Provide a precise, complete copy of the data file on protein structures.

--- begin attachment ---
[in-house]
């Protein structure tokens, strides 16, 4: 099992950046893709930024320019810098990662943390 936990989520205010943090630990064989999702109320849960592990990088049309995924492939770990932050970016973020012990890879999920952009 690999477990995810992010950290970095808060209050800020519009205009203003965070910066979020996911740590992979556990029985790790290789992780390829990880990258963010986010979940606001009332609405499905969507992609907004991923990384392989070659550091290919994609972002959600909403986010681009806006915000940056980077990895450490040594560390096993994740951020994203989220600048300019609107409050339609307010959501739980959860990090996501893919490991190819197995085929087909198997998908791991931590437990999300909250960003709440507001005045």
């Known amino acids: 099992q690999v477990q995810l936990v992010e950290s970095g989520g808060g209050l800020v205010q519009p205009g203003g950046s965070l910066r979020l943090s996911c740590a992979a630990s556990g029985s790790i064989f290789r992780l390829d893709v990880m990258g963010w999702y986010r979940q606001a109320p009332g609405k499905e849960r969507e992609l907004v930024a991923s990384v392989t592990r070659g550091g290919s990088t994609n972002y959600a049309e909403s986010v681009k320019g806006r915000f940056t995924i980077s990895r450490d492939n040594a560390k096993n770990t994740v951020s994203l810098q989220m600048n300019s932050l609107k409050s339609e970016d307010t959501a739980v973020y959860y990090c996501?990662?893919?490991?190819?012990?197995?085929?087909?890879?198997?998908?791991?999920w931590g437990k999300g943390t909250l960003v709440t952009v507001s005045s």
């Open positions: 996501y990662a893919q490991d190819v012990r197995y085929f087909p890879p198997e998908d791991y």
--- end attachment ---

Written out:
[in-house]
């Protein structure tokens, strides 16, 4: 099992950046893709930024320019810098990662943390 936990989520205010943090630990064989999702109320849960592990990088049309995924492939770990932050970016973020012990890879999920952009 690999477990995810992010950290970095808060209050800020519009205009203003965070910066979020996911740590992979556990029985790790290789992780390829990880990258963010986010979940606001009332609405499905969507992609907004991923990384392989070659550091290919994609972002959600909403986010681009806006915000940056980077990895450490040594560390096993994740951020994203989220600048300019609107409050339609307010959501739980959860990090996501893919490991190819197995085929087909198997998908791991931590437990999300909250960003709440507001005045």
């Known amino acids: 099992q690999v477990q995810l936990v992010e950290s970095g989520g808060g209050l800020v205010q519009p205009g203003g950046s965070l910066r979020l943090s996911c740590a992979a630990s556990g029985s790790i064989f290789r992780l390829d893709v990880m990258g963010w999702y986010r979940q606001a109320p009332g609405k499905e849960r969507e992609l907004v930024a991923s990384v392989t592990r070659g550091g290919s990088t994609n972002y959600a049309e909403s986010v681009k320019g806006r915000f940056t995924i980077s990895r450490d492939n040594a560390k096993n770990t994740v951020s994203l810098q989220m600048n300019s932050l609107k409050s339609e970016d307010t959501a739980v973020y959860y990090c996501?990662?893919?490991?190819?012990?197995?085929?087909?890879?198997?998908?791991?999920w931590g437990k999300g943390t909250l960003v709440t952009v507001s005045s």
């Open positions: 996501y990662a893919q490991d190819v012990r197995y085929f087909p890879p198997e998908d791991y």